The colours of the world

The colourful world of nature, even when abused by man, is an inexhaustible source of inspiration. A computer tool, used before the fractals were conceived, enables me to ‘steal’ the nuances of an image, whether it shows the infinitely small or the immensely large.
Little by little, images of autumn landscapes, Jupiter, remarkable bark, butterflies, animal eyes … have begun to punctuate my work.
And in 2019, this trend grew to the point of inspiring a series. It then became a long-term project entitled “The Colours of the World”.
Coral reefs, salt marshes, rice paddies, Icelandic glacier melt ponds, extraordinary sites … all allow me to explore the nuances, the richness and the infinite variety of our universe, so beautiful but so fragile.
It goes without saying, however, that these colours are only a source of inspiration and that what the photos represent has no influence whatsoever on the creation of the shapes.

Autumn colours

They appear earlier or later in the season. They can be flamboyant or duller. They play with shades of beige, yellow, gold, red and rust. They also benefit from the magnificent light of the season. These are the colours of autumn.


Scrutinising tree trunks may not be your favourite activity, but it’s well worth the detour. Bark protects trees from the outside world. Its appearance varies according to species and age. It can be wrinkled, cracked or multicoloured. Of course, the colours of exotic trees may be brighter and more surprising. But they’re all worth a closer look. Photographer Cédric Pollet is convinced of this. He has devoted a trilogy to them.

Coral reefs seen from the sky

Coral reefs are underwater structures that develop at shallow depths. At 2,300 kilometres long, the Great Barrier Reef is the largest coral reef on the planet. Listed as a UNESCO World Heritage Site, pollution and global warming are putting it at risk. Seen from the sky, its colours are (for the moment) sumptuous.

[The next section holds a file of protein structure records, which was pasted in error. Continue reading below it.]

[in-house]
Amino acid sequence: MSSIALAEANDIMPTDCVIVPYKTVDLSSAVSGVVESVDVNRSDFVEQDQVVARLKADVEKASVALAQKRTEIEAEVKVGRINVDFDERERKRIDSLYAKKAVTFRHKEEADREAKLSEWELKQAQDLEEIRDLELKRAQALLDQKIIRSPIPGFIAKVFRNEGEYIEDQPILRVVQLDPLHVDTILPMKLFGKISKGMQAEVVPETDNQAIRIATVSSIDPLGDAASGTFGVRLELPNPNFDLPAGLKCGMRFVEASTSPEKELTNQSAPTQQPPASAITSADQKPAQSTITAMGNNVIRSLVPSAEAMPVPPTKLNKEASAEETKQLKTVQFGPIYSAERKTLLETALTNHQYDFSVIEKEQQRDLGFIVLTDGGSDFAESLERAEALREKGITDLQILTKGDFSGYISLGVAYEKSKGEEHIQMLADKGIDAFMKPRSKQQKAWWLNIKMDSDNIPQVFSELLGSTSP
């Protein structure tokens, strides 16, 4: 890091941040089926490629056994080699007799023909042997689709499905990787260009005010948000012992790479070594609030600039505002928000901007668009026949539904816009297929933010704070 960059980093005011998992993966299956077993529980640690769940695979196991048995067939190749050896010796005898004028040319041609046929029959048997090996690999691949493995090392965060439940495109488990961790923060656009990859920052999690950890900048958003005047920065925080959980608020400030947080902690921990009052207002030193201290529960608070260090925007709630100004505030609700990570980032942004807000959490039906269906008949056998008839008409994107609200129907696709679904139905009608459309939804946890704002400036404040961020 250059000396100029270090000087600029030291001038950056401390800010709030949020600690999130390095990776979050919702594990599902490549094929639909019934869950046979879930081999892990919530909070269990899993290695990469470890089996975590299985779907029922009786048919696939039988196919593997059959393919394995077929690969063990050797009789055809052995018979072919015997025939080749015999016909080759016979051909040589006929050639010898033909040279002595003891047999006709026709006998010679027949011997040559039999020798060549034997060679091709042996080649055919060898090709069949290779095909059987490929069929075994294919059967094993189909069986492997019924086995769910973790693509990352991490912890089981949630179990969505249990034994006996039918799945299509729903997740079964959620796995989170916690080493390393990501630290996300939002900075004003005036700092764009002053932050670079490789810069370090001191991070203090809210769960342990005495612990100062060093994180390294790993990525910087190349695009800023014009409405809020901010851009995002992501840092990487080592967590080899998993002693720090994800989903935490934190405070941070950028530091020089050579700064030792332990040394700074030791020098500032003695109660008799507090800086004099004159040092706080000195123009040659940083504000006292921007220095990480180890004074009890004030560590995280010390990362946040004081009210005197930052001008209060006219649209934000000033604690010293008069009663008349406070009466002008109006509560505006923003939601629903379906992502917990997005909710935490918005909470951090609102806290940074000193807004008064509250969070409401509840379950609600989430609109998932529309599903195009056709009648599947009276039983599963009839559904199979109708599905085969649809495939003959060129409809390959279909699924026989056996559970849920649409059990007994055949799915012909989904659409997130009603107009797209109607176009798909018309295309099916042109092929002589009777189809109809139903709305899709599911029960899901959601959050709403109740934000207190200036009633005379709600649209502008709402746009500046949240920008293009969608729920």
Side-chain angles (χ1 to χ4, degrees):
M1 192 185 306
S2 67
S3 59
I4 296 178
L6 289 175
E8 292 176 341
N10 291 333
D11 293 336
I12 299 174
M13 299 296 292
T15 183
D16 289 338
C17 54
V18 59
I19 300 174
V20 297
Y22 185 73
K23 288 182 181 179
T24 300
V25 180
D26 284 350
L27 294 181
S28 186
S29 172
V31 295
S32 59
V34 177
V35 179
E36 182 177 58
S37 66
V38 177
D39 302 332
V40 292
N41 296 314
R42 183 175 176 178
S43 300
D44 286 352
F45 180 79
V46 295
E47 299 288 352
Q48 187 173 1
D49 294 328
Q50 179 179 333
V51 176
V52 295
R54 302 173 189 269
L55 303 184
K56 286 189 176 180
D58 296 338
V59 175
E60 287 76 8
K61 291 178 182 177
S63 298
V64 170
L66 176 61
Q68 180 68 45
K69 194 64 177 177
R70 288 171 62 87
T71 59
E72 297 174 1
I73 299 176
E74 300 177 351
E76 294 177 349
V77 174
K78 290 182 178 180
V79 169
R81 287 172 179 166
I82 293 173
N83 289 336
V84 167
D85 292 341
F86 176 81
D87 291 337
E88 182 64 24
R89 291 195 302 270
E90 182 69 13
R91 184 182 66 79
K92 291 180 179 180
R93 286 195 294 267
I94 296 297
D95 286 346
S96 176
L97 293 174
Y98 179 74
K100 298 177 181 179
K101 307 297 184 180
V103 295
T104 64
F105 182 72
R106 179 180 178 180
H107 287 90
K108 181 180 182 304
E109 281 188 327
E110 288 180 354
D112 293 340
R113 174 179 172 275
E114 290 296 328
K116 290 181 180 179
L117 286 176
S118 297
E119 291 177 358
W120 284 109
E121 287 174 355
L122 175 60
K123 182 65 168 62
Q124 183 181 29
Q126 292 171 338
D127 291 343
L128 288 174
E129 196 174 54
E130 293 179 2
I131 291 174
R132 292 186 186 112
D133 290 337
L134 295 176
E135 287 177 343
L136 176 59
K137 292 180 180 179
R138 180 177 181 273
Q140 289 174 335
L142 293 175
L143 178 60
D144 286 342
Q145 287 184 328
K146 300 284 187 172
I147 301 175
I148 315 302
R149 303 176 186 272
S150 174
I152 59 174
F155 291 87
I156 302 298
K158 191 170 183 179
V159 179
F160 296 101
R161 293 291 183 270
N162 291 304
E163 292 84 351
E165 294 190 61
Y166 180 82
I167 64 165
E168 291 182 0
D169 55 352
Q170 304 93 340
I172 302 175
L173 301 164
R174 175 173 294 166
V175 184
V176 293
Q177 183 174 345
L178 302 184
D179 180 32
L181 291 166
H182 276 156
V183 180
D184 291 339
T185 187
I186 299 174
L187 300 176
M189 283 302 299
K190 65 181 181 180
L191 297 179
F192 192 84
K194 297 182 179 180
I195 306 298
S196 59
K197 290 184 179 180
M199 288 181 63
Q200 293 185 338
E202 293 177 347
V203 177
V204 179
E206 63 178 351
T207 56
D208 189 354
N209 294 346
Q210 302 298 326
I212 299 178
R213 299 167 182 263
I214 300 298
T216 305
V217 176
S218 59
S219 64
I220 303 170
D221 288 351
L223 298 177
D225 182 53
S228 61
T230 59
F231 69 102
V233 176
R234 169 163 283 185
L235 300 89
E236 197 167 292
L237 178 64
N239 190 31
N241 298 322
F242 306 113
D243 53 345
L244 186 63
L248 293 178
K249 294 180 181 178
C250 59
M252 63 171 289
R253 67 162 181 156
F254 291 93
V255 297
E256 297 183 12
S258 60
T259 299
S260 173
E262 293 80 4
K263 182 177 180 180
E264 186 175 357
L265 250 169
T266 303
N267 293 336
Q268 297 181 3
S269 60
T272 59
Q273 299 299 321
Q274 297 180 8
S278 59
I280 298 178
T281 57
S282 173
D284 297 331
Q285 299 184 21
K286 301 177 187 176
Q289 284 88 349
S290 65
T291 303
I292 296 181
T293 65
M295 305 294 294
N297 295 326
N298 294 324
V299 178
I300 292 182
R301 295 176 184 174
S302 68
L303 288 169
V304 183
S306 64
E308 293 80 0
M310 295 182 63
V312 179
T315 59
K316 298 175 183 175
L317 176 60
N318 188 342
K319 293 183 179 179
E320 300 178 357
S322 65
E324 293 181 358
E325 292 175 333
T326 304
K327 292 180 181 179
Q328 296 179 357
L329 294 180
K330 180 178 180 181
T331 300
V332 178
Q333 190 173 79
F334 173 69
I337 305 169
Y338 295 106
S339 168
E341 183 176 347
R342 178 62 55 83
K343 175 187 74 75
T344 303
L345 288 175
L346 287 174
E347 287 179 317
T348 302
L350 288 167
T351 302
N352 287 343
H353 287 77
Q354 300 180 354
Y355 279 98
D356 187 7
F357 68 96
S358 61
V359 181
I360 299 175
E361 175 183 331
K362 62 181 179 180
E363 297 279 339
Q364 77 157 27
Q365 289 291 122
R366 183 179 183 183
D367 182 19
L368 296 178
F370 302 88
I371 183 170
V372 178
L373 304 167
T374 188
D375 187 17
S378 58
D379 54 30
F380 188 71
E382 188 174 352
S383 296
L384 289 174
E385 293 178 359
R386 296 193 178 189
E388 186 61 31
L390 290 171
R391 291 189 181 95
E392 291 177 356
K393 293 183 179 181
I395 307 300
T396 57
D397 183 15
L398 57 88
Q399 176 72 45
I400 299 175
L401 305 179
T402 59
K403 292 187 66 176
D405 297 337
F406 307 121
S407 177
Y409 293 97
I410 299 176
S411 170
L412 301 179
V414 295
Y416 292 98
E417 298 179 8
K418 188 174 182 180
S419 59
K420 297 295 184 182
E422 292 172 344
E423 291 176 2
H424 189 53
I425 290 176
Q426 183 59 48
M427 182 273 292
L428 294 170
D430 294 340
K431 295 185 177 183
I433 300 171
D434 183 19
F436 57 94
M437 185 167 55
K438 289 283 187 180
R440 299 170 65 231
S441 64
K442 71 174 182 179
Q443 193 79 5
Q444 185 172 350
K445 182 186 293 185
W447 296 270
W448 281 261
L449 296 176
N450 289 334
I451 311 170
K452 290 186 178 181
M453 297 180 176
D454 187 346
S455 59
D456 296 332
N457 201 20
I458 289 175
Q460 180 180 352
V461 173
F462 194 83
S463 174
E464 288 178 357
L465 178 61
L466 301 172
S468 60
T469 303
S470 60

The salt world

Salt marshes and salt mines

The production of sea salt is one of the oldest forms of human intervention in natural areas. Sea salt comes from the natural evaporation of seawater. The salinity of the ponds influences the colour of the micro-organisms, which range from light green to bright red. Salt ponds and salt marshes are home to numerous animal species.

A salt mine is a deposit, usually underground, of rock salt (halite), exploited by man. Some of them are protected by UNESCO. In Colombia, one of them is home to a cathedral. In Yekaterinburg, Russia, one of the most beautiful salt mines in the world has become famous for its mineral-coloured walls.

Mines and poisoned lands


More than 50% of the world’s lithium resources are found in South America, in the Lithium Triangle of Bolivia, Chile and Argentina. The Salar d’Atacama salt flats in northern Chile are one of the driest, least populated places on the planet. It is home to the world’s largest evaporative lithium production site, which can even be seen from space.

The turquoise, lithium-rich brine is pumped into huge basins. It passes from basin to basin until its concentration reaches 6% and it turns dark yellow.

Ash Basins

The remains of coal burnt in a power plant are pumped through pipes into huge basins, which prevent the ash from being released into the atmosphere. Often, the ash is mixed with chemicals, giving the contents of the basins bright colours.

Macro pictures

Macro photography brings about a radical change of perspective. It allows you to leave the world you are familiar with for a whole new one. Butterfly wings, eyes, insect shells… offer a whole universe of iridescent, metallic colours…

Melt ponds, ice and glaciers

Melt ponds form when a piece of ice breaks off a retreating glacier and sinks into the ground. The colours of the lake indicate the amount of sediment or depth: the deeper or clearer the water, the bluer the lake.
Iceland is also home to ice caves. Glaciers, which are retreating all over the world, also play with palettes of blue, but also brown and grey.

Rice paddies

A rice field is a piece of land, usually flooded, reserved for growing rice, which can be terraced. The history of the Hani de Hongh rice terraces goes back nearly 1,200 years. Seen from the sky, their colours vary with the seasons and are always superb. They have been listed as World Heritage Sites.


Whether from Europe or other continents, brightly coloured or more muted, the colours of bird plumage are a source of enchantment.

Landscapes from here or elsewhere

Plains, mountains, estuaries, canyons … the diversity of landscapes on our beautiful planet is immense. They vary according to the viewpoint, season and altitude. Some colours are surprising, almost unreal, but those of the landscapes are an infinite source of inspiration.

Nebulae and views from space

Photos taken by satellites, the space station, the Hubble and James Webb telescopes (a veritable time machine) or Euclid reveal the beauty and inconceivable vastness of the cosmos: colliding galaxies, exoplanets, nebulae, planets…